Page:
MR. BERGER: No. We knew from the Millennium experience that there were al Qaeda operatives, people linked to al Qaeda that we busted up in Brooklyn, in Boston, and I believe two or three other places. The FBI had generally taken the position that there was not a significant al Qaeda presence in the United States. And that was the position that they took quite honestly, Mr. Commissioner, through the end of 2000 and when we left, that there was not a substantial presence and what presence was here was a sense — we have it covered. But I certainly cannot say —

How close were these people to the brooklyn cell of Atta? Was it FBI arrogance which caused the Able Danger report to be dismissed? Did everyone think Able Danger was wrong and the FBI had rolled up the Brooklyn cell?

Now Richard Clarke’s recollections of the time, from his 9-11 commission testimony:

MR. ROEMER: Let me ask you, with my yellow light on, a question about the summer 2000 alert. You were saying, the CIA was saying, everybody was saying, “Something spectacular is about to happen” — spiking in intelligence; something terrible was about to happen.

You told us in some of our interviews you only wish you would have known at that time, in that summer, what the FBI knew with regard to Moussaoui, the Phoenix memo and terrorists in the United States.
….
I would like to think that had I been informed by the FBI that two senior al Qaeda operatives who had been in a planning meeting earlier in Kuala Lumpur were now in the United States, and we knew that, and we knew their names — and I think we even had their pictures — I would like to think that I would have released or had the FBI release a press release with their names, with their descriptions, held a press conference, tried to get their names and pictures on the front page of every paper — America’s Most Wanted, the evening news — and caused a successful nationwide manhunt for those two, two of the 19 hijackers.

Again, this points to a clear indication that something akin to the Able Danger report should have lit up the alarm fires. But it is interesting to recall the Phoenix memo also slippd by the FBI’s radar screens at this time. Here is an interesting exchange with Ben-Veniste:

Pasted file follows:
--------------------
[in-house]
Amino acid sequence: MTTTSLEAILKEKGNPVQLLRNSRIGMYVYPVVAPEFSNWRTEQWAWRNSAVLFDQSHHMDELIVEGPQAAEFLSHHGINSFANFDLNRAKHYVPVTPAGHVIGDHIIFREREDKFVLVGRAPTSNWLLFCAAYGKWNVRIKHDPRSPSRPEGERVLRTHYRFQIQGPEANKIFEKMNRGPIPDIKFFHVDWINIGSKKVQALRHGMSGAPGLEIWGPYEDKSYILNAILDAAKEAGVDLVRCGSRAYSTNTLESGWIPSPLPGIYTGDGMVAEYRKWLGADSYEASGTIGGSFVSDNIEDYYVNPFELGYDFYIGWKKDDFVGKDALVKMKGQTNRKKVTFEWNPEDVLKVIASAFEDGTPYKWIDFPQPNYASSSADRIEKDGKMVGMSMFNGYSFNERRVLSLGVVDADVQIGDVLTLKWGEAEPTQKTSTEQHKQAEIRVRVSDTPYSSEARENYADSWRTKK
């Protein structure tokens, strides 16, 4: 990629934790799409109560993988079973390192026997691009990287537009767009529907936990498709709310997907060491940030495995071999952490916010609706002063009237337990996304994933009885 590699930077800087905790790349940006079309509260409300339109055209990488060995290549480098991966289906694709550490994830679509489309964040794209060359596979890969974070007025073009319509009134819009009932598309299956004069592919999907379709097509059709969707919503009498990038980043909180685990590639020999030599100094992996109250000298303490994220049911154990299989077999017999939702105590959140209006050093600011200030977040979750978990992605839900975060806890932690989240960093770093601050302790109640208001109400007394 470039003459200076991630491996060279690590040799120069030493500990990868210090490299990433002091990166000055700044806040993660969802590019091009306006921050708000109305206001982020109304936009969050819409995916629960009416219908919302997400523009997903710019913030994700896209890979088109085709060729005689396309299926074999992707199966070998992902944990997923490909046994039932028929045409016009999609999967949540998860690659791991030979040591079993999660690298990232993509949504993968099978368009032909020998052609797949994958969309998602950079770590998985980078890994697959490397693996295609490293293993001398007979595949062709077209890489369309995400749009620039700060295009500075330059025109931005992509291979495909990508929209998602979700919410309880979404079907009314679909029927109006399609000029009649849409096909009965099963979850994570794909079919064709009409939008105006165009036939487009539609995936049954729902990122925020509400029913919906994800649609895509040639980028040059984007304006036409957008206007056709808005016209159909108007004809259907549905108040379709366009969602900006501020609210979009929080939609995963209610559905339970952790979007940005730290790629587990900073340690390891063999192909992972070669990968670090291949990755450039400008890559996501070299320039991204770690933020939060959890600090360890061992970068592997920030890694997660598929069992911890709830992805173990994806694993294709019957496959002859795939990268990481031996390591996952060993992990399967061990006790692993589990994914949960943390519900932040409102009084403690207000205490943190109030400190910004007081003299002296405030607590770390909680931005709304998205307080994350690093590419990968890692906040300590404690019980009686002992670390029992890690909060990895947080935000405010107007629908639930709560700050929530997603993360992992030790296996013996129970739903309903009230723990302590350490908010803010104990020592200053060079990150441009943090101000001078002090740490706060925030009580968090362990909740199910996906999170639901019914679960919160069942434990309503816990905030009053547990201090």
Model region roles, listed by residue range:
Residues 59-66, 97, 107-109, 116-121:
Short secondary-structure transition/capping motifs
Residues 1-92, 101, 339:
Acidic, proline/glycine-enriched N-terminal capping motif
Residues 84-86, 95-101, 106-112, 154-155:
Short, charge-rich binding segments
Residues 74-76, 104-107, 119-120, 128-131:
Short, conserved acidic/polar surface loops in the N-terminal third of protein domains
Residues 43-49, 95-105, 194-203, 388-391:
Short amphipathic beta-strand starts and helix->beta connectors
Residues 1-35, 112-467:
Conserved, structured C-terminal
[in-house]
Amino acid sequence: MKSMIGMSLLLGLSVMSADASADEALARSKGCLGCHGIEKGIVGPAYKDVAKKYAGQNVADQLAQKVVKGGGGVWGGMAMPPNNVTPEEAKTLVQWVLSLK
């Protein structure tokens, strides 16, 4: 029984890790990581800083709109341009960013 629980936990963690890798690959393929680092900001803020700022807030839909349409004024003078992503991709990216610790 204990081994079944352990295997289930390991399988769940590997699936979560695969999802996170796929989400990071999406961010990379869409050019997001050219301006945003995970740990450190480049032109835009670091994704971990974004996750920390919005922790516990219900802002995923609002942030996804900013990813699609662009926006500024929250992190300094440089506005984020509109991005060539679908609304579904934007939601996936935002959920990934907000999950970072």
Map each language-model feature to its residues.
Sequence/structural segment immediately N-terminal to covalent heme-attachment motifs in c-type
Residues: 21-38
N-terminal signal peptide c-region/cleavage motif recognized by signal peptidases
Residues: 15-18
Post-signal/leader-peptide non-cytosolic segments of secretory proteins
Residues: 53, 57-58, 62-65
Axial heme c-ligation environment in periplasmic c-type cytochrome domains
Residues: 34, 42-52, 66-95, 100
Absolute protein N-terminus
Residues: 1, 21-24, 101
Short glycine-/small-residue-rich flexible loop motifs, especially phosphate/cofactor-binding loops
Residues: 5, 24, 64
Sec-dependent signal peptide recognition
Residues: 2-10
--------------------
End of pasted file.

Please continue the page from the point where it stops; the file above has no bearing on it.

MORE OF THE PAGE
MR. BEN-VENISTE: Did you know that the two individuals who had been identified as al Qaeda [one was Moussaoui]had entered the United States and were presently thought to be in the country?

MR. CLARKE: I was not informed of that. Nor were senior levels of the FBI.

MR. BEN-VENISTE: Had you known that these individuals were in the country, what steps — with the benefit of hindsight, but informed hindsight, would you have taken, given the level of threat?

MR. CLARKE: To put the answer in a context, I had been saying to the FBI and to the other federal law enforcement agencies, and to the CIA, that because of this intelligence that something was about to happen that they should lower their threshold of reporting — that they should tell us anything that looked the slightest bit unusual.

In retrospect, having said that over and over again to them, for them to have had this information somewhere in the FBI and not told me I still find absolutely incomprehensible.

More statements by those who were responsible that there should not have been any barriers to a report like Able Danger’s.

Side Note: While writing this Richard Cohen, DoD Secretary, commented on Late Edition about Able Danger. He stated their were many special ops efforts initiated in this time period - Able Danger could be one of them, he just not recall it specifically. He also noted a prime candidate reason for not passsing information to the FBI would be posse comitatus. How’s that for some real time blogging!